Certification Testing in IT: How Important Is It?

Posted on
Share on Google+Share on LinkedInShare on FacebookShare on RedditTweet about this on TwitterEmail this to someone

Over the past few months, I’ve heard comments from friends and colleagues in the industry, stated in many different ways, that “IT certification testing is not high-stakes.” What they mean is that the certifications earned in IT are not as important as other non-IT certifications, or that they’re not important enough to justify quality efforts to build or administer the exams properly or manage the certifications professionally.

I don’t buy it.

To start off, we need to make sure that we understand the difference between a low-stakes test and a high-stakes test. The difference is actually pretty clear. Simply put, a high-stakes test is one where the result has important effects on the life of the test-taker. That’s it. Not too hard to understand. Now, let’s apply that to IT certification testing.

Just as in non-IT certification testing, an IT certification candidate pays quite a lot of money to train and take tests. The goal of that preparation is to pass the exam and obtain a certification. With a certification in hand, an IT professional can advance at his company, keep a current job or get a new job. Each of these, plus the cost for training and testing, has an important effect and makes IT certification testing high-stakes. Those who tell you anything else are selling something.

Here are some false distinctions between high-stakes and low-stakes exams that I’ve heard:

 

 

  • IT certification tests are low-stakes because the jobs are not as important to society as medical doctors or accountants.
  • Tests that are given on the computer are low-stakes; traditional paper-and-pencil tests are high-stakes. (I’ve also heard the opposite.)
  • Short tests are low-stakes; long, grueling tests are high-stakes.
  • Cheap tests are low-stakes; expensive tests are high-stakes. (This one may have some validity, as you are putting hard-earned cash at risk.)
  • Tests that get you admitted to college or graduate school are high-stakes; all others are low-stakes.
  • Tests with multiple-choice questions are low-stakes; performance tests are high-stakes.

 

What kind of testing in the IT world would not be high-stakes? One example is testing to practice for the real certification test, or “test preparation.” Also, quizzes given after a section of training to see if learning has occurred do not qualify as high-stakes. Neither does a test you might take on the Internet or at a training company to place you in a proper online or actual course. These are examples of low-stakes testing. They don’t cost much or require an investment of time, and they don’t have important outcomes.

Why does this matter? It matters because if we don’t treat high-stakes exams with the respect they deserve and require, neither will anyone else. Soon there will be no need to revise exams to keep them current, take steps to keep them secure, create good exams that measure the right skills or use the results for hiring decisions. There will not even be a need to take them in the first place. We might as well be using end-of-course quizzes for certification decisions. They’ll be cheaper and take less effort, and no one would pay attention to them anyway.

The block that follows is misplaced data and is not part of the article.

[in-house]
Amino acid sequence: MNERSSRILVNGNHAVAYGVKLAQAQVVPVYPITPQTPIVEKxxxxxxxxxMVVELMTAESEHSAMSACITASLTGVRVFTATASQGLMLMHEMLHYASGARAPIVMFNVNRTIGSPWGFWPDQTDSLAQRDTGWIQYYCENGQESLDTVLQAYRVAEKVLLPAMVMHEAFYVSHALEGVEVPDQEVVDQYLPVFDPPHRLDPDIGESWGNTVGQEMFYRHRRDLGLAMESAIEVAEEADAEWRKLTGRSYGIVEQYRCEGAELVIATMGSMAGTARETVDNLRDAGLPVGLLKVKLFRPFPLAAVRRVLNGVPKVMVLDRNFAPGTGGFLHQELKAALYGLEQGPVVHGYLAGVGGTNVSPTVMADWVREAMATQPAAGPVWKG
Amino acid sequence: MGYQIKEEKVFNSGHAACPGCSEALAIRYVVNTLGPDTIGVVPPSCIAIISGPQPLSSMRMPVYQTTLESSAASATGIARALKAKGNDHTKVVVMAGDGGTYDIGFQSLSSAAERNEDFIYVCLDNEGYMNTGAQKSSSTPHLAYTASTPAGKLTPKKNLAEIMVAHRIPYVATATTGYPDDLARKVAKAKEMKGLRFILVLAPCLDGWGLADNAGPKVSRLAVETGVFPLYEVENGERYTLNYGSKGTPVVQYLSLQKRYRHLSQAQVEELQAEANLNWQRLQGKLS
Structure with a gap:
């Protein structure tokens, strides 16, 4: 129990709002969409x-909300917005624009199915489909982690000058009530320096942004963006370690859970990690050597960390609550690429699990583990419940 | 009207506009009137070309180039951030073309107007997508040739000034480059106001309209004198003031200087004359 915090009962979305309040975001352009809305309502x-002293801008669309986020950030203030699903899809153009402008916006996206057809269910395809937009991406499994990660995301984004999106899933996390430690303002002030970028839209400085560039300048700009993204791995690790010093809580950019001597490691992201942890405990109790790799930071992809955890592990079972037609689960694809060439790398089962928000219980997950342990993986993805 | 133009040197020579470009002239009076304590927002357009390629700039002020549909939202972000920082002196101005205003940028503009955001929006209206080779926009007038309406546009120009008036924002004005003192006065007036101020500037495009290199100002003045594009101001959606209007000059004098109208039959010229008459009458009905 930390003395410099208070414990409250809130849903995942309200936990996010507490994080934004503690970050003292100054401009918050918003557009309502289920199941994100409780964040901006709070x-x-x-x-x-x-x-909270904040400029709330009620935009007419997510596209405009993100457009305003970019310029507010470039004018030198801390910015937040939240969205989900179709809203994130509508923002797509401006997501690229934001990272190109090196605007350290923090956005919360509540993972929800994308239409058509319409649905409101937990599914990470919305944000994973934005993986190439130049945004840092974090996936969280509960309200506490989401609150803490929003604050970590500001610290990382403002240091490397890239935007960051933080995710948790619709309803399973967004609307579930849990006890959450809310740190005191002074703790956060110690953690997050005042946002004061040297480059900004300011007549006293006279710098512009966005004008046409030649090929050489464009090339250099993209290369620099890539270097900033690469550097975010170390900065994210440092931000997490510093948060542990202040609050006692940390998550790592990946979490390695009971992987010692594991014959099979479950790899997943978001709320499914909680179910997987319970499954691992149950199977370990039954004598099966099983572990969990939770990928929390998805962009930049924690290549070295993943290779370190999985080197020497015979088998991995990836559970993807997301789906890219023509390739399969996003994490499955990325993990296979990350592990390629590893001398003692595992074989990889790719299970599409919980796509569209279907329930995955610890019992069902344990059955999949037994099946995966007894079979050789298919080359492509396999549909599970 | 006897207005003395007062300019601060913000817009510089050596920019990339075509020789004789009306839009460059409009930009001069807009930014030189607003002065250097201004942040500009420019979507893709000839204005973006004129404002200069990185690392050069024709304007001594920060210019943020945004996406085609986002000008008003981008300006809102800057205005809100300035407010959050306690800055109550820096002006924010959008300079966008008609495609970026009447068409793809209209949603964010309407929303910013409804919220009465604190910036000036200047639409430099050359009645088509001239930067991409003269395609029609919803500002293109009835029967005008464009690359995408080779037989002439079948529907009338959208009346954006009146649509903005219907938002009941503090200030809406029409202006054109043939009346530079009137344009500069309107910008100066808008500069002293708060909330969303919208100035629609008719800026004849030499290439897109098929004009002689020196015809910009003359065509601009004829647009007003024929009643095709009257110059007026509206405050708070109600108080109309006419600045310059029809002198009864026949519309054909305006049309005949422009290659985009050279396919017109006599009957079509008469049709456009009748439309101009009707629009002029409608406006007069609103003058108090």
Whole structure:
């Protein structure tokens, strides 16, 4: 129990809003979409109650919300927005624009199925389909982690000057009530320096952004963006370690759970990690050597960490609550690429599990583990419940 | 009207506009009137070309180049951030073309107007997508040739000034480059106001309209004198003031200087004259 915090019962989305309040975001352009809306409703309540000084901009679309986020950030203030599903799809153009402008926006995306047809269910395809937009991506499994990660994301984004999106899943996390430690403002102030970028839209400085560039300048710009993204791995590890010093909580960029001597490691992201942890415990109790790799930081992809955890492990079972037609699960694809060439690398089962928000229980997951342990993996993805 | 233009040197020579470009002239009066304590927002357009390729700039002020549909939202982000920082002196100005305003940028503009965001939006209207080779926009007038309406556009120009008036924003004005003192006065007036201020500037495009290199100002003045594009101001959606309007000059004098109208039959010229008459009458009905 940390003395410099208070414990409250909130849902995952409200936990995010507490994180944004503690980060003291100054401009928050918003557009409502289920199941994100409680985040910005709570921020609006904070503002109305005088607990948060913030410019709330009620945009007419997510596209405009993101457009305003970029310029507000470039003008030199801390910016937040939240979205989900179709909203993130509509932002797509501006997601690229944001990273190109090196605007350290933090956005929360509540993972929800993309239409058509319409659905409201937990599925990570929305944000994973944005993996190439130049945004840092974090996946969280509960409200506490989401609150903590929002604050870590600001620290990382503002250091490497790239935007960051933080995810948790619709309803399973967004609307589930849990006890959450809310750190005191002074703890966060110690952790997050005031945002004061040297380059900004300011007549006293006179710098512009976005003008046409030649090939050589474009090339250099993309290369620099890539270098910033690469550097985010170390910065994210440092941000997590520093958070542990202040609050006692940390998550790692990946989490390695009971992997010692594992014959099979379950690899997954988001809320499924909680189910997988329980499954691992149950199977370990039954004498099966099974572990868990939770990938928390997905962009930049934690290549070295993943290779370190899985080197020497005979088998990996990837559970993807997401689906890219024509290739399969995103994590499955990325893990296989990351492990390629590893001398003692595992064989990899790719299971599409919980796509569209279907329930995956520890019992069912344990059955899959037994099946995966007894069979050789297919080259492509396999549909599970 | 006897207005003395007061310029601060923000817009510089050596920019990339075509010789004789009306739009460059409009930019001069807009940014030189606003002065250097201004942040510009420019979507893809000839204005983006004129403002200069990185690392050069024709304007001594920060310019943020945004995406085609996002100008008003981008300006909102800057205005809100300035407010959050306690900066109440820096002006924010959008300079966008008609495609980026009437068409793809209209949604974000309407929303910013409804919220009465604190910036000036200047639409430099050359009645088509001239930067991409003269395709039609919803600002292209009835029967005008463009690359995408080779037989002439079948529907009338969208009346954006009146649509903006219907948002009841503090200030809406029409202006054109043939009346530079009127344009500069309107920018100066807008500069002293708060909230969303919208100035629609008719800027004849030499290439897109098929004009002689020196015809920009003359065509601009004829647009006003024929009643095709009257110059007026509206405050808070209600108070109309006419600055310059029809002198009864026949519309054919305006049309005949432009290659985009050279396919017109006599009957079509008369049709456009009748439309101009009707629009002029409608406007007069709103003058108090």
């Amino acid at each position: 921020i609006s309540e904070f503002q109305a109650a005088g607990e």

When I worked for Novell years ago, a VP wanted to certify hundreds of thousands of people very quickly. He was unhappy and impatient with a formal certification process, and the time and cost it would take to deliver high-stakes tests and produce good certificants. I told him that if he were considering any lesser process, he might just as well have individuals voluntarily sign a form stating that they are knowledgeable and skilled, and have that serve as the certification credential. It would be a quick and cheap solution. Of course, it also would produce quick and cheap (worthless) certificants. He quickly realized this and dropped his demand.

While no single group can solve the problem, as certification candidates, you can help reverse the perceptions. First, insist on quality exams. If you don’t feel that the exam you’re taking measures the important knowledge and skill you have, complain and ask for your money back. Second, if the testing or certification experience is shoddy and unprofessional, go elsewhere. Third, if you see people cheating or obtaining scores fraudulently, report them. And fourth, don’t try to get a certification by relying on brain dumps or other cheap methods. Brain dumps continue to contribute to the decline in value of IT certifications.

David Foster, Ph.D., is president of Caveon (www.caveon.com) and is a member of the International Test Commission, as well as several measurement industry boards.

 

Share on Google+Share on LinkedInShare on FacebookShare on RedditTweet about this on TwitterEmail this to someone
cmadmin

ABOUT THE AUTHOR

Posted in Archive|

Comment:

Leave a comment

Your email address will not be published. Required fields are marked *

You may use these HTML tags and attributes: <a href="" title=""> <abbr title=""> <acronym title=""> <b> <blockquote cite=""> <cite> <code> <del datetime=""> <em> <i> <q cite=""> <strike> <strong>